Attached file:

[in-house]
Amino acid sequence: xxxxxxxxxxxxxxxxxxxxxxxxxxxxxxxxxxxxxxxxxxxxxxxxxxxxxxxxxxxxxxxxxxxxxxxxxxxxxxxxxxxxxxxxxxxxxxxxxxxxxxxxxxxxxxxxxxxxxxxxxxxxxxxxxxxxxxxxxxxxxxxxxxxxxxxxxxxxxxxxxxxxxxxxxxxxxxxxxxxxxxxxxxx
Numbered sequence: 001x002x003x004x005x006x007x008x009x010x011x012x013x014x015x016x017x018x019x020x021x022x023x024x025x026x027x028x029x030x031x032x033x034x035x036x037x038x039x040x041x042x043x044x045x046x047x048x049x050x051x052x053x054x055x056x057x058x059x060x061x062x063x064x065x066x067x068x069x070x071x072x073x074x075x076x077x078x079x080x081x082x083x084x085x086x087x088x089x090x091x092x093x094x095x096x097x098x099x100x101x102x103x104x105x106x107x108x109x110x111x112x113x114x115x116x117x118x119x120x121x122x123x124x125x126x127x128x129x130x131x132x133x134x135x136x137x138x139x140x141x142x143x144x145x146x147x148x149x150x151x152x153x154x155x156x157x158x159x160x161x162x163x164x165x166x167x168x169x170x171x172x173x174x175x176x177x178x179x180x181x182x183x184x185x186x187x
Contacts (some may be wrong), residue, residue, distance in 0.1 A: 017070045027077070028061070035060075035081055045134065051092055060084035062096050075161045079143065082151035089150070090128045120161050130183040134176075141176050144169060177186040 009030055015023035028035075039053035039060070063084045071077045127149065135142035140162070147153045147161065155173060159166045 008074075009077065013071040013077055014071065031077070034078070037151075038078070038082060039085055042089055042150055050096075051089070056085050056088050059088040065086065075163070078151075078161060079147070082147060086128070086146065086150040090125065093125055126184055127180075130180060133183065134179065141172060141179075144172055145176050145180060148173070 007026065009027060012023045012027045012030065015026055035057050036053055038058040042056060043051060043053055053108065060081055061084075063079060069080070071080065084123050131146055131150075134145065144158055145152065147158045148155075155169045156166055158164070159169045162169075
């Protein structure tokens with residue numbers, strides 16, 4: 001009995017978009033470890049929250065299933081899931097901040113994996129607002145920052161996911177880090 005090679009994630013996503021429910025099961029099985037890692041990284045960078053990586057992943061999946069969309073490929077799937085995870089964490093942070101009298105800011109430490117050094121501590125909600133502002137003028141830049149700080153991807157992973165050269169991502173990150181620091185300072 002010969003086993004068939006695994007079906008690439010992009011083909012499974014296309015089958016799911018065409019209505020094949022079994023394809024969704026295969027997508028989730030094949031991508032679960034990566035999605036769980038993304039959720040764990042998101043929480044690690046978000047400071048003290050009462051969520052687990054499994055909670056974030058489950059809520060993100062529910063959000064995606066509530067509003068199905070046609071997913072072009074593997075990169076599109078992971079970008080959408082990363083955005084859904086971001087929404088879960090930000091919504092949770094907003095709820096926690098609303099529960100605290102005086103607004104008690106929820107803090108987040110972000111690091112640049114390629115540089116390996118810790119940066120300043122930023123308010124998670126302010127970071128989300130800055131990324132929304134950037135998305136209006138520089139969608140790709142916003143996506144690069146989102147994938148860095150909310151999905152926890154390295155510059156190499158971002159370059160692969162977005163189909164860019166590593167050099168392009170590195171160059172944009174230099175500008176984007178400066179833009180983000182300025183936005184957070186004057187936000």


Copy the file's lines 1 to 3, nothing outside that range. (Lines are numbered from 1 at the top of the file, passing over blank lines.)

[in-house]
Amino acid sequence: xxxxxxxxxxxxxxxxxxxxxxxxxxxxxxxxxxxxxxxxxxxxxxxxxxxxxxxxxxxxxxxxxxxxxxxxxxxxxxxxxxxxxxxxxxxxxxxxxxxxxxxxxxxxxxxxxxxxxxxxxxxxxxxxxxxxxxxxxxxxxxxxxxxxxxxxxxxxxxxxxxxxxxxxxxxxxxxxxxxxxxxxxxx
Numbered sequence: 001x002x003x004x005x006x007x008x009x010x011x012x013x014x015x016x017x018x019x020x021x022x023x024x025x026x027x028x029x030x031x032x033x034x035x036x037x038x039x040x041x042x043x044x045x046x047x048x049x050x051x052x053x054x055x056x057x058x059x060x061x062x063x064x065x066x067x068x069x070x071x072x073x074x075x076x077x078x079x080x081x082x083x084x085x086x087x088x089x090x091x092x093x094x095x096x097x098x099x100x101x102x103x104x105x106x107x108x109x110x111x112x113x114x115x116x117x118x119x120x121x122x123x124x125x126x127x128x129x130x131x132x133x134x135x136x137x138x139x140x141x142x143x144x145x146x147x148x149x150x151x152x153x154x155x156x157x158x159x160x161x162x163x164x165x166x167x168x169x170x171x172x173x174x175x176x177x178x179x180x181x182x183x184x185x186x187x